New mode promises room to experiment for modding community
Maxis is exploring the prospect of an offline mode for SimCity, the always-online game which was plagued by connectivity issues at launch.
Following the release of the game in March, server issues caused frustration for players worldwide, stopping them from logging in to EA’s servers, disconnecting mid-game and losing saved data.
EA released patches to resolve the issue, and upgraded its server systems in the weeks following the release. But the fiasco even led SimCity creator Will Wright to call it “inexcusable”.
Now however, the studio has said it is developing an offline mode to give players more freedom with how they choose to play SimCity.
“Right now we have a team specifically focused on exploring the possibility of an offline mode,” Patrick Buechner general manager of the Maxis Emeryville studio wrote on the SimCity blog page.
“I can’t make any promises on when we will have more information, but we know this is something that many of our players have been asking for. While the server connectivity issues are behind us, we would like to give our players the ability to play even if they choose not to connect. An offline mode would have the additional benefit of providing room to the modding community to experiment without interfering or breaking the multiplayer experience.”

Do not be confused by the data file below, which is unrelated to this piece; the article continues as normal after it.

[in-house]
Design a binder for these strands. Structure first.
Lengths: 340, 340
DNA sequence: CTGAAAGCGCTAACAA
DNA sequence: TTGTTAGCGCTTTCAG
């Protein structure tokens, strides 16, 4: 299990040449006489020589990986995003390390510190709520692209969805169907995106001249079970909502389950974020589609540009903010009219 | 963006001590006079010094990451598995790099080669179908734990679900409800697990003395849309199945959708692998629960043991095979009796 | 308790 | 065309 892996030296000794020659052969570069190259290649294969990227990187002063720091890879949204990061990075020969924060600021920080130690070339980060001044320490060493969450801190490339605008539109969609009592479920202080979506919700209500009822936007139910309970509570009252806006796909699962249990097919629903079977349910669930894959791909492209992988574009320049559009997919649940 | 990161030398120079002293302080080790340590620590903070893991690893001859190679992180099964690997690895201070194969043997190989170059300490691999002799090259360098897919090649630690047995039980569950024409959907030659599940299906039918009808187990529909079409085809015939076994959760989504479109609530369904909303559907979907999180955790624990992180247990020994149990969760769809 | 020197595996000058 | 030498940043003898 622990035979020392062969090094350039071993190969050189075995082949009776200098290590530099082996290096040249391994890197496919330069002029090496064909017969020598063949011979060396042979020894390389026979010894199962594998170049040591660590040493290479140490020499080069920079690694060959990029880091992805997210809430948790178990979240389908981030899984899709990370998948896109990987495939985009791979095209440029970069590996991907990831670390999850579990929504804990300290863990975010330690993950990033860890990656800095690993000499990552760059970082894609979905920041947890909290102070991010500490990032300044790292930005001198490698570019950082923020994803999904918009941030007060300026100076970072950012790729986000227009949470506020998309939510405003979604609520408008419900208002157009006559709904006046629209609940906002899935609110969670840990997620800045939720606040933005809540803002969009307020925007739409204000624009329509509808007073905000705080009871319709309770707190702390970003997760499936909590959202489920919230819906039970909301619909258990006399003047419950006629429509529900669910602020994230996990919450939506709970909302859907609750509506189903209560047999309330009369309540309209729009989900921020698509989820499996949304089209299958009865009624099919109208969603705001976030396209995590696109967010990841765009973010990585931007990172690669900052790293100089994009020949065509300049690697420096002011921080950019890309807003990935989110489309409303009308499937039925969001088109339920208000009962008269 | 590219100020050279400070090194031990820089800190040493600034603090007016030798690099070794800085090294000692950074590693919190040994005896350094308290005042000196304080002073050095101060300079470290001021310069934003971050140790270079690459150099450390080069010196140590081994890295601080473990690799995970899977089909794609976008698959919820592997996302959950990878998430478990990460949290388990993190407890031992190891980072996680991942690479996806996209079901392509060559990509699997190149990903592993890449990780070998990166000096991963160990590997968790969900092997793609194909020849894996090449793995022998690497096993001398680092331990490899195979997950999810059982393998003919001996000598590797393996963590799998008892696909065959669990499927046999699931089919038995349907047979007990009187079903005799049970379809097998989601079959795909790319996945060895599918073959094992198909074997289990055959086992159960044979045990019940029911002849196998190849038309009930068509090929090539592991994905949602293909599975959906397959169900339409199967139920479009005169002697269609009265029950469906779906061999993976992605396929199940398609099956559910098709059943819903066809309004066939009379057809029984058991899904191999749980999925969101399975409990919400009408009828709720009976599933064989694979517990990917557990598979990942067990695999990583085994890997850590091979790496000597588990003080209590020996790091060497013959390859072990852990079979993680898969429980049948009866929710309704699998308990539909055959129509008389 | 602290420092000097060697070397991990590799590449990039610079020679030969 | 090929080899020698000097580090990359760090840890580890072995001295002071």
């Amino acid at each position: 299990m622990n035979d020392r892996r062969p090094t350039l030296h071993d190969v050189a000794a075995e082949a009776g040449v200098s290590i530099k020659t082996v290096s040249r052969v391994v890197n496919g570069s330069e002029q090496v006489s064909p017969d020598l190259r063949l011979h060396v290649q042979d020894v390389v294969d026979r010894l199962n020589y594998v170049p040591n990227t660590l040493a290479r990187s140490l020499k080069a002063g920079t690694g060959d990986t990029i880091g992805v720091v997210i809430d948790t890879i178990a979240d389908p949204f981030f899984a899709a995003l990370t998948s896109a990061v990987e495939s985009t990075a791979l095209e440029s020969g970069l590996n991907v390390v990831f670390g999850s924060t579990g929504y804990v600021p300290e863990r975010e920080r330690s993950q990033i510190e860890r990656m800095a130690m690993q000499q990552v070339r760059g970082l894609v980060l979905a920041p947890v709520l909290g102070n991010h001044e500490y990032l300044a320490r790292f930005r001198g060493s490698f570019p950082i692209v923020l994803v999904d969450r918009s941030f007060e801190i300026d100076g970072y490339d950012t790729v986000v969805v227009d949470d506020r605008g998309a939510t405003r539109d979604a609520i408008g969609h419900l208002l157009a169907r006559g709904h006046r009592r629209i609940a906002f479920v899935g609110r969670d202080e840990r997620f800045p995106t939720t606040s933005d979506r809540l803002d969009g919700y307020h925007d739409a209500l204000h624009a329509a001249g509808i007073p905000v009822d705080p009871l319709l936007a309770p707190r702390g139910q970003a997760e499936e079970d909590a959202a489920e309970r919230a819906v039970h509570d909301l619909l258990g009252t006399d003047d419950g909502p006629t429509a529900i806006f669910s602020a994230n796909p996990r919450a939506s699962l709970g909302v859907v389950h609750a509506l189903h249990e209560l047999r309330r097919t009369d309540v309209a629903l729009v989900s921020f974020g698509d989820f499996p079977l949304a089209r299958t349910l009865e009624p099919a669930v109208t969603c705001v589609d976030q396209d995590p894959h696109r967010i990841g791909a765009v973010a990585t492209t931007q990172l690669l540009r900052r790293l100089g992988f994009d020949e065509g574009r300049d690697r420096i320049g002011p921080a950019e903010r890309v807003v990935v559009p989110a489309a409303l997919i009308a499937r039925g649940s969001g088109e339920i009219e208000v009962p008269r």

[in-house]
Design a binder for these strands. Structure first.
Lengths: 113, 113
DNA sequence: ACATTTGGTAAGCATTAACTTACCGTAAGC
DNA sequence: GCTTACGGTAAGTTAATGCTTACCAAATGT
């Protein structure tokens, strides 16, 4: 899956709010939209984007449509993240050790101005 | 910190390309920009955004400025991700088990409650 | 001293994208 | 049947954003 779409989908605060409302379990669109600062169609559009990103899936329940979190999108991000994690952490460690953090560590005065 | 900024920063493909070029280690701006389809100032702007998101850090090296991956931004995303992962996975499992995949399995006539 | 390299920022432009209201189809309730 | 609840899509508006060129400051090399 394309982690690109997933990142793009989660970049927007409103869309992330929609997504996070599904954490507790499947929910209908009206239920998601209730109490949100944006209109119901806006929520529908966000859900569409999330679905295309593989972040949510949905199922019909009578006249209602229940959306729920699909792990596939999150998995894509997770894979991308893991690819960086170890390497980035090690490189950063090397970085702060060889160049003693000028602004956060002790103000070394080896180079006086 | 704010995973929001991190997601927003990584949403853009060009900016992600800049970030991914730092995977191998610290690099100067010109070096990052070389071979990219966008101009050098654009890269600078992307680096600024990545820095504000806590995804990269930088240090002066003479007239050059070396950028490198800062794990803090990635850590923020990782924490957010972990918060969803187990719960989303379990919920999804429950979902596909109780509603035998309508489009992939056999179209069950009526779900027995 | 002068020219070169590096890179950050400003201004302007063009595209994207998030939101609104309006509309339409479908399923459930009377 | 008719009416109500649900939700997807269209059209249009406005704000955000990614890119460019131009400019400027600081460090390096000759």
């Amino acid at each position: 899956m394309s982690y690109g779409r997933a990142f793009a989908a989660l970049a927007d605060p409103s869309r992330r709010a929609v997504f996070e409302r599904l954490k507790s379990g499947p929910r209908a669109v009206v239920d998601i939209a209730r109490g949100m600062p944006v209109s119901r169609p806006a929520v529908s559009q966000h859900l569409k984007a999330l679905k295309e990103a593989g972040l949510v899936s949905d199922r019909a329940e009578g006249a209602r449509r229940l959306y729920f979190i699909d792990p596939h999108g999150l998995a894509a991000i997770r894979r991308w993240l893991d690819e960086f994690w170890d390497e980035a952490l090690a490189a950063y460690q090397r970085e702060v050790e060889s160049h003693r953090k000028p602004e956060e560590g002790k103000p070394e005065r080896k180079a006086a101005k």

He also mentioned that a separate team is working on upcoming SimCity expansion, Cities of Tomorrow, and its production should not “divert attention away from enhancing the core game and finding a way to bring our game offline”.
Although the server issue saga appears to be behind Maxis, the spectre of SimCity’s launch may yet haunt it for some time.
Buechner took the opportunity to reiterate that Maxis hopes to provide a better experience for SimCity players in future.
“Our launch wasn’t what anyone on the team hoped for. We think about this every single day, but we’re proud of how far we’ve come over the past few months,” he added.
“Like you, I’m a SimCity fan and a passionate gamer. That passion for the original SimCity was one of the influences that led me to study Government in college and to work on Capitol Hill. But my love of gaming drove me from Washington DC to California to join Will Wright’s studio 17 years ago.
“SimCity is in my blood and if there’s one thing I know about Maxis is that it attracts a certain kind of game maker, those who love simulations and take personal joy in bringing these worlds to life. We’re all passionate about SimCity and we want to make it better.”